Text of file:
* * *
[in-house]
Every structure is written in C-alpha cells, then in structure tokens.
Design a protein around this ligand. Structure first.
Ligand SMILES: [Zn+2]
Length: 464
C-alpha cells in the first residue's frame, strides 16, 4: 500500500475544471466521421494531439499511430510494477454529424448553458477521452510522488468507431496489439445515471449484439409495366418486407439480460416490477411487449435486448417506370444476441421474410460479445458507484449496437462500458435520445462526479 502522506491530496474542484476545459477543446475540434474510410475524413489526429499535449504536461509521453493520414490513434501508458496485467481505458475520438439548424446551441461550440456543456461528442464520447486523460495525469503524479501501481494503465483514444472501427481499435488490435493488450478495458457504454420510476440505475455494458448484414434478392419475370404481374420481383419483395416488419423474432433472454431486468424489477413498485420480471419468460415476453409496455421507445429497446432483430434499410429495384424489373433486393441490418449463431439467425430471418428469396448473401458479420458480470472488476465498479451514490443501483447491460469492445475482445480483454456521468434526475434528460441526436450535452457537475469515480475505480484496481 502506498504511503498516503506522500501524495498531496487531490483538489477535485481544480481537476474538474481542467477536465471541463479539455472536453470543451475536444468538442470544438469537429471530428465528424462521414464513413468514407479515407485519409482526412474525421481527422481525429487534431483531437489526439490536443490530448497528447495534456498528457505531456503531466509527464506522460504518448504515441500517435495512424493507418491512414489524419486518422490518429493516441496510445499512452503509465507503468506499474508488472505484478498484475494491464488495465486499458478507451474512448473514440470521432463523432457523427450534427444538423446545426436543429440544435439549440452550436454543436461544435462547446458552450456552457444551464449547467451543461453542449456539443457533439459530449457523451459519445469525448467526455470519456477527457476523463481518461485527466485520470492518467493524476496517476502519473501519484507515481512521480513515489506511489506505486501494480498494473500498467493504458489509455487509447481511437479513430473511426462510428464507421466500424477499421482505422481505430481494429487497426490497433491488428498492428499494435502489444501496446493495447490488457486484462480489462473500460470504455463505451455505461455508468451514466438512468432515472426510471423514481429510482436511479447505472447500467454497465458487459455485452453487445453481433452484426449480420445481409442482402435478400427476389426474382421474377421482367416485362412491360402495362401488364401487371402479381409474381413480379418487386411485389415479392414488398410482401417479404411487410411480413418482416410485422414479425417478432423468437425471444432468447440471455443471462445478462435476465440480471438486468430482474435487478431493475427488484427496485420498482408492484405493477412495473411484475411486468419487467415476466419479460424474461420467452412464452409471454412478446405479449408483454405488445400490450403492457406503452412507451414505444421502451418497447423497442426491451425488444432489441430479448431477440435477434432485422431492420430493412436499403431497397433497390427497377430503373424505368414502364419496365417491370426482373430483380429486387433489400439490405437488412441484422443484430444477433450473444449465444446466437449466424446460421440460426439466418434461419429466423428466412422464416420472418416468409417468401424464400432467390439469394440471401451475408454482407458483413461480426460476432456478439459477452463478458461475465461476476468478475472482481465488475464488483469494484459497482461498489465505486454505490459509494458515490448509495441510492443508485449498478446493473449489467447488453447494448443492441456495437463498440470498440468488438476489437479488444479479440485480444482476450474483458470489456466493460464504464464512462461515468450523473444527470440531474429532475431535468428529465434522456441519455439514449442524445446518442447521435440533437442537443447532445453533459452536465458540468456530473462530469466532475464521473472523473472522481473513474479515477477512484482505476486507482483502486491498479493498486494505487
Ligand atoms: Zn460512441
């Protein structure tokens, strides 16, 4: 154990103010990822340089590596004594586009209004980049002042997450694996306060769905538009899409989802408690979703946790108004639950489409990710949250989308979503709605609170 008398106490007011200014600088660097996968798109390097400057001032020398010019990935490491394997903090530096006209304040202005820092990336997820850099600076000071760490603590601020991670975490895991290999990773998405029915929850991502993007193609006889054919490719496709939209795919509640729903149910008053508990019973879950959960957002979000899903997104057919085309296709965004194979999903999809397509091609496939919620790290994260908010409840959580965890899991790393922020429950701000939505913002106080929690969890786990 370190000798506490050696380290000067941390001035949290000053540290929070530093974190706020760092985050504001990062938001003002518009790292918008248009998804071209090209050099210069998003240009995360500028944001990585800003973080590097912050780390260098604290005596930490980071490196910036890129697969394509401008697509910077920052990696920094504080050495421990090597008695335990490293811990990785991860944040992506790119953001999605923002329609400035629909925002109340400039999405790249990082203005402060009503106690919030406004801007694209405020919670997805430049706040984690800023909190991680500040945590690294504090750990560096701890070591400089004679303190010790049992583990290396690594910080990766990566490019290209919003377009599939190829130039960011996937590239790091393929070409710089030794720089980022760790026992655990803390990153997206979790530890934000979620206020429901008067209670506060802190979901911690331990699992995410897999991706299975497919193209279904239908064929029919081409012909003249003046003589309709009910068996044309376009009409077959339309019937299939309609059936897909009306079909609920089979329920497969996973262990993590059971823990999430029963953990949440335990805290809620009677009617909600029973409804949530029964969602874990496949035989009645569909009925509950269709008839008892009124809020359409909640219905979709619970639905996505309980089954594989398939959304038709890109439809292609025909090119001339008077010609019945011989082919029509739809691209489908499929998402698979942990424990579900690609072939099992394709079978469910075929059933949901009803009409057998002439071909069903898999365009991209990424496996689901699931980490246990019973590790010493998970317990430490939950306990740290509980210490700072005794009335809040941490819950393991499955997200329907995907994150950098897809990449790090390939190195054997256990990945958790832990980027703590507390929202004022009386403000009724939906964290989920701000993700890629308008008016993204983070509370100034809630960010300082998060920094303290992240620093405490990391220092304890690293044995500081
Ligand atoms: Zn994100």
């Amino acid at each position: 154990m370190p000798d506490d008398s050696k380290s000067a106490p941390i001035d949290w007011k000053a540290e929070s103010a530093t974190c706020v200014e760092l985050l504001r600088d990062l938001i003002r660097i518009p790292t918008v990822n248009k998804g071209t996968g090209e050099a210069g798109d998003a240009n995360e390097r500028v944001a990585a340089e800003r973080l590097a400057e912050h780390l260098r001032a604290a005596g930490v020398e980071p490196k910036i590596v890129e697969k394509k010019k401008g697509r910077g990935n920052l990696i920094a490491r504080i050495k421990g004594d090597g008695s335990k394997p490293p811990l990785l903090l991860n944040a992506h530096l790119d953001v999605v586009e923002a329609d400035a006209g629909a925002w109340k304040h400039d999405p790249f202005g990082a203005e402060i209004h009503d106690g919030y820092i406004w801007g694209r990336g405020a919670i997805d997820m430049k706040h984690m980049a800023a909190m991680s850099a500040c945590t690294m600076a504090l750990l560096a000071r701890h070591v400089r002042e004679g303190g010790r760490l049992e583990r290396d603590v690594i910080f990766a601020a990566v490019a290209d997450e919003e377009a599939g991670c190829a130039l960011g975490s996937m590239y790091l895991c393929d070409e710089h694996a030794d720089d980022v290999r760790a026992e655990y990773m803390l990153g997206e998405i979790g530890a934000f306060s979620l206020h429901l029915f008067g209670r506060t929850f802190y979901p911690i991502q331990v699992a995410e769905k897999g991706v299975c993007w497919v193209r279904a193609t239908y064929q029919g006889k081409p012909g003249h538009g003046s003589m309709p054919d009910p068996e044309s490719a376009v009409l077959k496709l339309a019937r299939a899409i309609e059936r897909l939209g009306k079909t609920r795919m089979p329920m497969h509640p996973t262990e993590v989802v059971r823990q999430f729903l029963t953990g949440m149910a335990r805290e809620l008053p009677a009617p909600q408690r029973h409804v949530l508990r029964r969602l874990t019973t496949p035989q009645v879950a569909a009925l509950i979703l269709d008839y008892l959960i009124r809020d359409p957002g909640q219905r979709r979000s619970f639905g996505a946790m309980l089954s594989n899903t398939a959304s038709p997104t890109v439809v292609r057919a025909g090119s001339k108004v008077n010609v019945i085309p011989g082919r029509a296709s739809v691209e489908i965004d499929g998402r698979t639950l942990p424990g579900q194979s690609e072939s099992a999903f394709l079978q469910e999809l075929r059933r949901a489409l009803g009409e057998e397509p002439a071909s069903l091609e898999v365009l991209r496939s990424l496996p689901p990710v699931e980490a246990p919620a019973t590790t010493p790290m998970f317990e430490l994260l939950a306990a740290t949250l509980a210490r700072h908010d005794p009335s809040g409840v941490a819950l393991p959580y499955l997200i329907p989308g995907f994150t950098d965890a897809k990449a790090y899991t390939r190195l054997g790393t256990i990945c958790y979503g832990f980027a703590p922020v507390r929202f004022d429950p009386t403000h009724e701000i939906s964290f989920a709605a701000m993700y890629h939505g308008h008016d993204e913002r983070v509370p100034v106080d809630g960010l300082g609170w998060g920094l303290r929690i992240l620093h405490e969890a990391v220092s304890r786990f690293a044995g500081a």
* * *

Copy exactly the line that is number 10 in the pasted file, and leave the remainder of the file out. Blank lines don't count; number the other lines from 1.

């Amino acid at each position: 154990m370190p000798d506490d008398s050696k380290s000067a106490p941390i001035d949290w007011k000053a540290e929070s103010a530093t974190c706020v200014e760092l985050l504001r600088d990062l938001i003002r660097i518009p790292t918008v990822n248009k998804g071209t996968g090209e050099a210069g798109d998003a240009n995360e390097r500028v944001a990585a340089e800003r973080l590097a400057e912050h780390l260098r001032a604290a005596g930490v020398e980071p490196k910036i590596v890129e697969k394509k010019k401008g697509r910077g990935n920052l990696i920094a490491r504080i050495k421990g004594d090597g008695s335990k394997p490293p811990l990785l903090l991860n944040a992506h530096l790119d953001v999605v586009e923002a329609d400035a006209g629909a925002w109340k304040h400039d999405p790249f202005g990082a203005e402060i209004h009503d106690g919030y820092i406004w801007g694209r990336g405020a919670i997805d997820m430049k706040h984690m980049a800023a909190m991680s850099a500040c945590t690294m600076a504090l750990l560096a000071r701890h070591v400089r002042e004679g303190g010790r760490l049992e583990r290396d603590v690594i910080f990766a601020a990566v490019a290209d997450e919003e377009a599939g991670c190829a130039l960011g975490s996937m590239y790091l895991c393929d070409e710089h694996a030794d720089d980022v290999r760790a026992e655990y990773m803390l990153g997206e998405i979790g530890a934000f306060s979620l206020h429901l029915f008067g209670r506060t929850f802190y979901p911690i991502q331990v699992a995410e769905k897999g991706v299975c993007w497919v193209r279904a193609t239908y064929q029919g006889k081409p012909g003249h538009g003046s003589m309709p054919d009910p068996e044309s490719a376009v009409l077959k496709l339309a019937r299939a899409i309609e059936r897909l939209g009306k079909t609920r795919m089979p329920m497969h509640p996973t262990e993590v989802v059971r823990q999430f729903l029963t953990g949440m149910a335990r805290e809620l008053p009677a009617p909600q408690r029973h409804v949530l508990r029964r969602l874990t019973t496949p035989q009645v879950a569909a009925l509950i979703l269709d008839y008892l959960i009124r809020d359409p957002g909640q219905r979709r979000s619970f639905g996505a946790m309980l089954s594989n899903t398939a959304s038709p997104t890109v439809v292609r057919a025909g090119s001339k108004v008077n010609v019945i085309p011989g082919r029509a296709s739809v691209e489908i965004d499929g998402r698979t639950l942990p424990g579900q194979s690609e072939s099992a999903f394709l079978q469910e999809l075929r059933r949901a489409l009803g009409e057998e397509p002439a071909s069903l091609e898999v365009l991209r496939s990424l496996p689901p990710v699931e980490a246990p919620a019973t590790t010493p790290m998970f317990e430490l994260l939950a306990a740290t949250l509980a210490r700072h908010d005794p009335s809040g409840v941490a819950l393991p959580y499955l997200i329907p989308g995907f994150t950098d965890a897809k990449a790090y899991t390939r190195l054997g790393t256990i990945c958790y979503g832990f980027a703590p922020v507390r929202f004022d429950p009386t403000h009724e701000i939906s964290f989920a709605a701000m993700y890629h939505g308008h008016d993204e913002r983070v509370p100034v106080d809630g960010l300082g609170w998060g920094l303290r929690i992240l620093h405490e969890a990391v220092s304890r786990f690293a044995g500081a």